CHESS 2011 Recap

Photo: Ben Bradley

Photo: Ben Bradley

From 27-29 May 2011, 50 academics attended the 6th annual Canadian History and Environment Summer School (CHESS) in St. Andrews, New Brunswick. The theme of CHESS 2011 was “Coastal Conundrums: Using Environmental History to Understand Coastal Communities,” and the seaside resort town of St. Andrews was an ideal location for CHESS participants to learn about some of the many challenges that coastal communities have faced and the ways in which local populations have adapted to a variety of economic, social, and environmental changes.

CHESS 2011 launched with a public keynote address at the W. C. O’Neill Arena Complex Theatre on Friday evening, co-presented by NiCHE and the Sunbury Shores Arts and Nature Centre. The keynote speaker was Dr. Heike Lotze, Canada Research Chair in Marine Renewable Resources at Dalhousie University, and her address was titled “Food, Furs and Feathers: History of Human-induced Ecological Changes in Coastal Marine Ecosystems.” Using a stunning PowerPoint presentation and drawing on evidence from numerous academic disciplines, including archaeology, history, and ecology, Dr. Lotze delivered a fascinating lecture on how human activities have changed coastal environments over time. In addition, the keynote address was well attended by the local community (close to 100 people attended) and it provided CHESS participants with invaluable contexts for the rest of the weekend.

birdbanding2

The second day of CHESS 2011 was a busy one, and all of the day’s activities were at the Huntsman Marine Science Centre, a working marine research station and our “home base” for the weekend. On Saturday morning, Huntsman staff gave CHESS participants tours of a couple of the station’s research projects. Tracey Dean, Director – Education at the Huntsman, demonstrated how she bands and catalogues migratory birds, and Susan Fordham, Aquaculture Operations Supervisor, described some of the Huntsman’s aquaculture research. Saturday afternoon was filled with two rounds of parallel sessions. During the first sessions, one group watched and discussed Martha Stiegman’s documentary In the Same Boat? on the Bay of Fundy fisheries, while the NiCHE New Scholars reading group workshopped a paper by Michael Del Vecchio. The second set of parallel sessions featured Hugh Akagi, Chief of the St. Croix Schoodic Band, Passamaquoddy First Nation, who talked about the experiences of the Passamaquoddy in Canada and the United States, and Sheena Young from the Fundy North Fishermen’s Association and Coastal CURA, who presented findings from a study of local fishers’ knowledge of the impacts of aquaculture on traditional fisheries. At the end of the day, CHESS participants had a few hours free to experience first-hand the fog-enshrouded tourist landscape of St. Andrews, which was followed by the event banquet at the Harbour Front Restaurant.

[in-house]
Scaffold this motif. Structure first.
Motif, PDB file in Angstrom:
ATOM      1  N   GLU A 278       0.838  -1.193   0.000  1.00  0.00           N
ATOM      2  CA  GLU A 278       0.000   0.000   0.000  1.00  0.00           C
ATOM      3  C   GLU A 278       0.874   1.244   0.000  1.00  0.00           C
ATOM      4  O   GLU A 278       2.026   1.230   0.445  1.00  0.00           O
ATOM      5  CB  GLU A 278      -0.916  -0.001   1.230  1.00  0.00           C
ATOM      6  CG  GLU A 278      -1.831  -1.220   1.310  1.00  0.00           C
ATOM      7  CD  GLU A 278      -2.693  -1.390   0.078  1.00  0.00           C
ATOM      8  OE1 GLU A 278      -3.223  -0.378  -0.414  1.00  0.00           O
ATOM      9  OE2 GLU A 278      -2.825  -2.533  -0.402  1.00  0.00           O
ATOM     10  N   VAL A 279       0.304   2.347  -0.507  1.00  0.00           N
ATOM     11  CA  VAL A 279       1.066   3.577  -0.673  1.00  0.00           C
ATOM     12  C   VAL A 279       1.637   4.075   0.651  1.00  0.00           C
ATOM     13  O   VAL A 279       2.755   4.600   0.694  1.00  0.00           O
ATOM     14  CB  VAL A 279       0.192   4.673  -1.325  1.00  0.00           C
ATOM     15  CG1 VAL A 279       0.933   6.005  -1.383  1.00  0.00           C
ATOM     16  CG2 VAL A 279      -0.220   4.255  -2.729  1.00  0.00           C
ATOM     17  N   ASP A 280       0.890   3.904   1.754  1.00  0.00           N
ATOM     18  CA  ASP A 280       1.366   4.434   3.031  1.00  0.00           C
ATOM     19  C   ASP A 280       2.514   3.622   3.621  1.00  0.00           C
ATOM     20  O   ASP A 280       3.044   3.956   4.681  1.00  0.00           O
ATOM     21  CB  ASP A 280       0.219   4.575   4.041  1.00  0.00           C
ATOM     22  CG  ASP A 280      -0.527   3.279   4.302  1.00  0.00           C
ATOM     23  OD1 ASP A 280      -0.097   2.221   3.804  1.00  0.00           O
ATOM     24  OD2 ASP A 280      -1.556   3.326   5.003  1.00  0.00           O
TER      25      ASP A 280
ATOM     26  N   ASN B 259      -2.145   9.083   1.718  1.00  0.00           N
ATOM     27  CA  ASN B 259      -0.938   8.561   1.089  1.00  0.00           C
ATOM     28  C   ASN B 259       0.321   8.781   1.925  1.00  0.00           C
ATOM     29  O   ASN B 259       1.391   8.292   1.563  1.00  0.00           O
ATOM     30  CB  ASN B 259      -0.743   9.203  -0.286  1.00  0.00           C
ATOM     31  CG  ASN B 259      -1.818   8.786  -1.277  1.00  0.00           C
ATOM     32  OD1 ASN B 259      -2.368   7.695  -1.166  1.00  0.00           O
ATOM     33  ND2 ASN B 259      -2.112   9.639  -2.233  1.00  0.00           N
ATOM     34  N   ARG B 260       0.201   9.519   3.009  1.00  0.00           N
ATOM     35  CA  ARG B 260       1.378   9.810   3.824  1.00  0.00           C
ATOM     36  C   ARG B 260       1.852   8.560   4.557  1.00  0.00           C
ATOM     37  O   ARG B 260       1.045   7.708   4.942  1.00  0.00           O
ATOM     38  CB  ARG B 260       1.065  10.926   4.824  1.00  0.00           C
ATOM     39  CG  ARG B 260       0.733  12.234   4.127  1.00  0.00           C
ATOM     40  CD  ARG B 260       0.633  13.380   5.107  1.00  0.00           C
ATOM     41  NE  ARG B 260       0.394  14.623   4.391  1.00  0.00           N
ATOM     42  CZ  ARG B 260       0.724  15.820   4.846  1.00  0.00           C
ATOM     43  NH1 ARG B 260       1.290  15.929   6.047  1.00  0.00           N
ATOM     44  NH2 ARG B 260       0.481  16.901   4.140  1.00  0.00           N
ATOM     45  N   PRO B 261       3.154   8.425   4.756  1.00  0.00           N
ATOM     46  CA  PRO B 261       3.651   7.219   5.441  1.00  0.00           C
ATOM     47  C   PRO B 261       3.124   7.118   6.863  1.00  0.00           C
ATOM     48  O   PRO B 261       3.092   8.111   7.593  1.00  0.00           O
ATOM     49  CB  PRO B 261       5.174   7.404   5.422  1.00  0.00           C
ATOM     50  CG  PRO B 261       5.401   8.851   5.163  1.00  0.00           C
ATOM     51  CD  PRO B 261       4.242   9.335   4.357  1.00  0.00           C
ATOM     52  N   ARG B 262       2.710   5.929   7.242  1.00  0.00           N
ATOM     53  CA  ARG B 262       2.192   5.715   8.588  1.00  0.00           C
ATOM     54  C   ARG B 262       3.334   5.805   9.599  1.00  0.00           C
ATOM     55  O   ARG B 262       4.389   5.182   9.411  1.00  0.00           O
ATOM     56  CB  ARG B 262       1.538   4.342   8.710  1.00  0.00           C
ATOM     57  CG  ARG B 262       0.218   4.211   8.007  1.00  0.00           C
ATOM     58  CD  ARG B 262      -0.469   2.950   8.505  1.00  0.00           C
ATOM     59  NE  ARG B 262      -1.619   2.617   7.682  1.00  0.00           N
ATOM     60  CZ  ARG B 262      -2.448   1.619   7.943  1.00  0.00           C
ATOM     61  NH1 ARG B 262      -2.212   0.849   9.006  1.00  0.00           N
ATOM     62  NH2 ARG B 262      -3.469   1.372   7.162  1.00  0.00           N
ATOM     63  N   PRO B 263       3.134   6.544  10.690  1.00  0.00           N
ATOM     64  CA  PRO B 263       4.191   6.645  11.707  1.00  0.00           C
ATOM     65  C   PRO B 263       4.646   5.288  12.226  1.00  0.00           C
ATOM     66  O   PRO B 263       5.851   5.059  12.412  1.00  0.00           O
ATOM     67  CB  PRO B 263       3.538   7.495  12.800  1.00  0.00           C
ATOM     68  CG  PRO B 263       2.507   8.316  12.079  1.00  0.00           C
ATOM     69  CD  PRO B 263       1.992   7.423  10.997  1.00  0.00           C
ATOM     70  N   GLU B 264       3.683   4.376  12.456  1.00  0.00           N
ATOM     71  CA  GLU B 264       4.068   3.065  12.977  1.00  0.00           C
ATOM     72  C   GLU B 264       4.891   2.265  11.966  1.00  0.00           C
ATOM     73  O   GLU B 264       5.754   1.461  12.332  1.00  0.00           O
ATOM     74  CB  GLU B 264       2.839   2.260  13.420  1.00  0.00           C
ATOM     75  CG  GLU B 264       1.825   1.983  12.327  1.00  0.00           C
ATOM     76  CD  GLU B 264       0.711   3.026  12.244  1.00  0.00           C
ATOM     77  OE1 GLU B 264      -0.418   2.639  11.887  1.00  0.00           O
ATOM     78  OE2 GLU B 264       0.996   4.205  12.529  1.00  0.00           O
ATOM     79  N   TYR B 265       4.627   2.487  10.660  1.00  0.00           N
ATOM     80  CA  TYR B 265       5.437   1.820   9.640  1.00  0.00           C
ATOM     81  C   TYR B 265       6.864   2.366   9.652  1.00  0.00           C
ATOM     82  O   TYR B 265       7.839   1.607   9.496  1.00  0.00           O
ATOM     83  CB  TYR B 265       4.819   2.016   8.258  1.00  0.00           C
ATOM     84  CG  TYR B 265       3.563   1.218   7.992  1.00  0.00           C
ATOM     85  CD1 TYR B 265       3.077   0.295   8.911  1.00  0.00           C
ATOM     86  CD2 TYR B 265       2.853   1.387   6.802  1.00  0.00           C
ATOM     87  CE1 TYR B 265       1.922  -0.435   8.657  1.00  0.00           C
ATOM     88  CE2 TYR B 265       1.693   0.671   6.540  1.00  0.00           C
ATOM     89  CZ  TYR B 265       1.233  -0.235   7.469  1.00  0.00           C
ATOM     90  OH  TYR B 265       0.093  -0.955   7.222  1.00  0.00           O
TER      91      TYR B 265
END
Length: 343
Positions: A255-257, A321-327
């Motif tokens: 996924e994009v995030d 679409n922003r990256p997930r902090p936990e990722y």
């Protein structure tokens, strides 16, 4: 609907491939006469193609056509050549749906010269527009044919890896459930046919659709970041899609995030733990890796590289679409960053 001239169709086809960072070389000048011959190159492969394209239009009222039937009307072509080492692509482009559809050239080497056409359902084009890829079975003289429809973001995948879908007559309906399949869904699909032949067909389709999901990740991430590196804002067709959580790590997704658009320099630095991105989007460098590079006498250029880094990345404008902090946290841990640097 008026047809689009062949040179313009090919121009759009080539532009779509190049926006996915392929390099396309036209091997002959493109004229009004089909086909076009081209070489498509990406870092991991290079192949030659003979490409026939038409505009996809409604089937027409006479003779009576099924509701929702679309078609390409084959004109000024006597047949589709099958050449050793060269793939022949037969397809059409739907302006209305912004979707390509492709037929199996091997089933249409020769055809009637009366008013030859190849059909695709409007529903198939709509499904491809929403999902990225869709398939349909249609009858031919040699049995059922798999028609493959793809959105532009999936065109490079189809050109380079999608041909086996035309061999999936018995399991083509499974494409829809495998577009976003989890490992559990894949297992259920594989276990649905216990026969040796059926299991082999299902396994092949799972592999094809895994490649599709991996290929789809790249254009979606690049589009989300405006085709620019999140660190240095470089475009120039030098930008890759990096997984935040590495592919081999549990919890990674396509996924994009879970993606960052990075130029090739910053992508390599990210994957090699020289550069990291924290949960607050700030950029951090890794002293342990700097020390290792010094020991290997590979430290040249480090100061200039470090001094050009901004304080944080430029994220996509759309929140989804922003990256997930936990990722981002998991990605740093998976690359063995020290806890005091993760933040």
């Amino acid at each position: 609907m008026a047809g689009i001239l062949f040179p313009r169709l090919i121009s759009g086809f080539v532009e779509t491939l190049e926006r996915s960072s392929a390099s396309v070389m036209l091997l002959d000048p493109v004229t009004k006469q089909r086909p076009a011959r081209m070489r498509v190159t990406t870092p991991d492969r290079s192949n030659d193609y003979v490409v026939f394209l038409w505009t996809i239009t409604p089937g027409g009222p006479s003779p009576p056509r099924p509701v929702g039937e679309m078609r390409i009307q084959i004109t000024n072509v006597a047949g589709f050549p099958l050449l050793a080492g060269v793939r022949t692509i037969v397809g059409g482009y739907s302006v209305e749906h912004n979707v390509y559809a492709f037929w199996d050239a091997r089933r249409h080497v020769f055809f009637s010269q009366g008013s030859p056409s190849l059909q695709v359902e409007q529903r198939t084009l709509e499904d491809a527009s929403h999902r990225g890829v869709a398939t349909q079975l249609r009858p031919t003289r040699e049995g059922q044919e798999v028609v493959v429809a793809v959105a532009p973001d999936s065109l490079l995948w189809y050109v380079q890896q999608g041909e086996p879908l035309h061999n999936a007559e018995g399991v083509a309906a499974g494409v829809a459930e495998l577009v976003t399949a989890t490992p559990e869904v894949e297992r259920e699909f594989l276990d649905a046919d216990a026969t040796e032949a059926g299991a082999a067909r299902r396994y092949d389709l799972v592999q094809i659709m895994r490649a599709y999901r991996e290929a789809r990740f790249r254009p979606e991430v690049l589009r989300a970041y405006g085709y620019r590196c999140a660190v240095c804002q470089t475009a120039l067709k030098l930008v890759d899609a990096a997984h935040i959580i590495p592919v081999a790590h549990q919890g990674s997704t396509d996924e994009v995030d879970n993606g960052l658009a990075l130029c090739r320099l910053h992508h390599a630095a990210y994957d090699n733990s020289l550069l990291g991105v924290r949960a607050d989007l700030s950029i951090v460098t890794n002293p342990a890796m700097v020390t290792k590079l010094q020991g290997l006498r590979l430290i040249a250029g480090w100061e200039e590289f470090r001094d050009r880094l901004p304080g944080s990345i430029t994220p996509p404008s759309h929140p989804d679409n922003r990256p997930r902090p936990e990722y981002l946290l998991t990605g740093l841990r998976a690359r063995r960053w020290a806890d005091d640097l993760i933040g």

standrewshotel

The third day of CHESS 2011 began at the historic Algonquin Hotel with the launch of the first Geospatial Workshop in Atlantic Canadian History (GeoWATCH). Dr. Joshua MacFadyen, one of GeoWATCH’s co-founders, explained how the workshop introduces historical GIS to first-time users. Dr. MacFadyen and Dr. Matthew Hatvany both gave presentations on the usefulness of historical GIS to environmental historians, and then CHESS participants had the opportunity to work with GIS software and historical maps of St. Andrews. In the latter part of the morning, participants had the choice of venturing off on one of six themed walking groups to do some “ground truthing,” or listen to a talk given by Dr. Bill Parenteau in the Van Horne ballroom on the “rest cure” and early forms of tourism in New Brunswick. CHESS 2011 concluded with a Sunday lunch at the Kennedy Inn.

By all accounts, CHESS 2011 met the high standards of past events. The organizing committee would like to thank all of those who helped us make it such a great weekend, especially this year’s participants. In the words of Dr. Ed MacDonald, who closed the weekend with a few remarks, a conference is only as good as those who attend.

Claire Campbell has provided some photos from this year’s CHESS. 

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Assistant professor of environmental history at the University of Saskatchewan.